Then, as a 20 year old, still in the army, I was serving in the occupied Gaza Strip when I found myself, with eight of my soldiers, surrounded by a rapidly advancing, rock throwing crowd of young Gazans. For a split second, I had an out-of-body experience where I saw the scene from high above. In that mystified and astounding instant, I realized the two fateful/calamitous choices I had were to either save our lives by shooting at the young Gazans closing in on us, or to be harmed or even killed by them. Either way lay tragedy. Clearly neither choice seemed right. Thankfully, we were rescued by our troops at the last second; no shots were fired and no one was hurt. At that very moment, I knew that in order not to be confronted with such a situation (which is inherent part of an occupation) ever again, I would have to leave the country I loved, Israel. That day did not come for almost a decade when I went to the US to study.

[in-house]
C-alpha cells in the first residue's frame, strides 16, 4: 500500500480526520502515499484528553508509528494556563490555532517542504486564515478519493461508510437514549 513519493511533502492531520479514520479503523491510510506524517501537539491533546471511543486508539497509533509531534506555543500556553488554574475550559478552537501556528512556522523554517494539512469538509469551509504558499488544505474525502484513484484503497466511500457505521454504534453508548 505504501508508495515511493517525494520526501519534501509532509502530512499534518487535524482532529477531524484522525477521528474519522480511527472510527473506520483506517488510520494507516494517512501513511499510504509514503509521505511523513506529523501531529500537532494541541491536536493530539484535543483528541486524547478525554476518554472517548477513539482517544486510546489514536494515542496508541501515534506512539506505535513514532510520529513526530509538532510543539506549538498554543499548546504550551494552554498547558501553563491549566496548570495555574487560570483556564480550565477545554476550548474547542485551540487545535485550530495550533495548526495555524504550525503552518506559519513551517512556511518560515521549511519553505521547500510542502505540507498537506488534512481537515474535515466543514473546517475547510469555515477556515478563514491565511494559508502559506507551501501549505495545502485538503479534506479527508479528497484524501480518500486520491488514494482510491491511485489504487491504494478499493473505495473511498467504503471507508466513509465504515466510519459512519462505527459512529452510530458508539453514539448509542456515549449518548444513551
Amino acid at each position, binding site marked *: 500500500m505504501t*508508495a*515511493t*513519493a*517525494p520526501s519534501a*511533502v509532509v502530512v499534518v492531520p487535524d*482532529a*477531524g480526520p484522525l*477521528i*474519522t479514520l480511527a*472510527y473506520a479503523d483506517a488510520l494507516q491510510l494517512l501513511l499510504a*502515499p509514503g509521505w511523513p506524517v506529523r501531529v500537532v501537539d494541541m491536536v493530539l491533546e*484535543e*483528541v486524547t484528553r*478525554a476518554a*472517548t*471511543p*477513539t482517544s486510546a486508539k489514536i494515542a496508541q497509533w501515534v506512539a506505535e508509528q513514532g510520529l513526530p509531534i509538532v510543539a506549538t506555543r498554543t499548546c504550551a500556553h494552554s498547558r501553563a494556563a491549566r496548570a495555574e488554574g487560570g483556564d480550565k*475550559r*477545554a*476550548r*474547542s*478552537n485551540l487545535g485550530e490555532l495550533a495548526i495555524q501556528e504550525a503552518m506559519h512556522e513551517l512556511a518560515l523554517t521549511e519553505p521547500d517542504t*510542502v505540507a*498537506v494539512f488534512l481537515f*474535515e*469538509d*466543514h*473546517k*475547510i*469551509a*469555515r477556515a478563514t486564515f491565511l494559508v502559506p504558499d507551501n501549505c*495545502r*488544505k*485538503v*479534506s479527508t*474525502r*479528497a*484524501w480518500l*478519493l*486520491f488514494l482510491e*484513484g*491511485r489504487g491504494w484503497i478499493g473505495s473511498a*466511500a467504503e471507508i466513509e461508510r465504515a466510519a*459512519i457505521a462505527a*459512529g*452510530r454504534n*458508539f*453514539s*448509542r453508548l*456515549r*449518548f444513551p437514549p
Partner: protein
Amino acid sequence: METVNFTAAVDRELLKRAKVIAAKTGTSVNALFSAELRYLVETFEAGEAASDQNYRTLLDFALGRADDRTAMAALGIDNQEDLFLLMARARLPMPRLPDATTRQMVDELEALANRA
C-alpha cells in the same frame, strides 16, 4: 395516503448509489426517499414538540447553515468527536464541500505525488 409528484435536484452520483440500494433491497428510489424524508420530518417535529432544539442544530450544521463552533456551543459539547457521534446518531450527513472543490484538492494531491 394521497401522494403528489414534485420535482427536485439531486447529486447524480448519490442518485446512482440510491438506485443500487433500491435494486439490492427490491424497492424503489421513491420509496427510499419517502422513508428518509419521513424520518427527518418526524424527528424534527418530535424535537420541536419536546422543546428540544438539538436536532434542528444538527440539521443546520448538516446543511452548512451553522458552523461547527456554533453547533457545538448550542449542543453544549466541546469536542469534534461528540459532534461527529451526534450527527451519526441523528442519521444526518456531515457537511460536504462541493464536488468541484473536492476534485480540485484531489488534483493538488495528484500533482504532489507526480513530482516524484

Thinking back to my growing-up years, and including my military service, I can clearly trace the emergence of my fascination with all kinds of boundaries. A striking early example was when, as a young officer, I served on the remote, barren, but intriguing, Tiran Island, a strategic ‘bare giant rock’ in the Red Sea. My soldiers often referred to me as the “Sheriff of Tiran,” a title they painted on my small wooden ‘home.’ Besides taking care of the basic military duties, I spent much of my time wandering alone around this lifeless speck in the sea with my bare feet, a diving knife strips to my calf and a bathing suit and diving with friendly sharks and huge sea turtles. I found the island to have a profound and complex, spiritual nature. At that time, I was musing about the boundaries between day and night and wondered whether the distinct extreme separation of day and night is an artificial construct created by humans and their ancient cultures, or is it an inherent part of human nature. To satisfy my curiosity – and to the profound dismay of my soldiers – I experimented with inverting day and night by reversing our daily routines and the customary way of life of most humans and many animals living currently on the planet by ordering my soldiers (I was the only officer and highest ranking soldier on the island) to sleep during the day, eat breakfast at sunset, lunch at midnight and dinner at sunrise. While I was quite engrossed by my unorthodox research and the exploration of the nature of Man, I also noticed the resistance and outrage of my soldiers who perceived the experiment as seriously deviant. While not always popular, my questioning ‘common knowledge’ and our immemorial ways of living has been large part of my life story.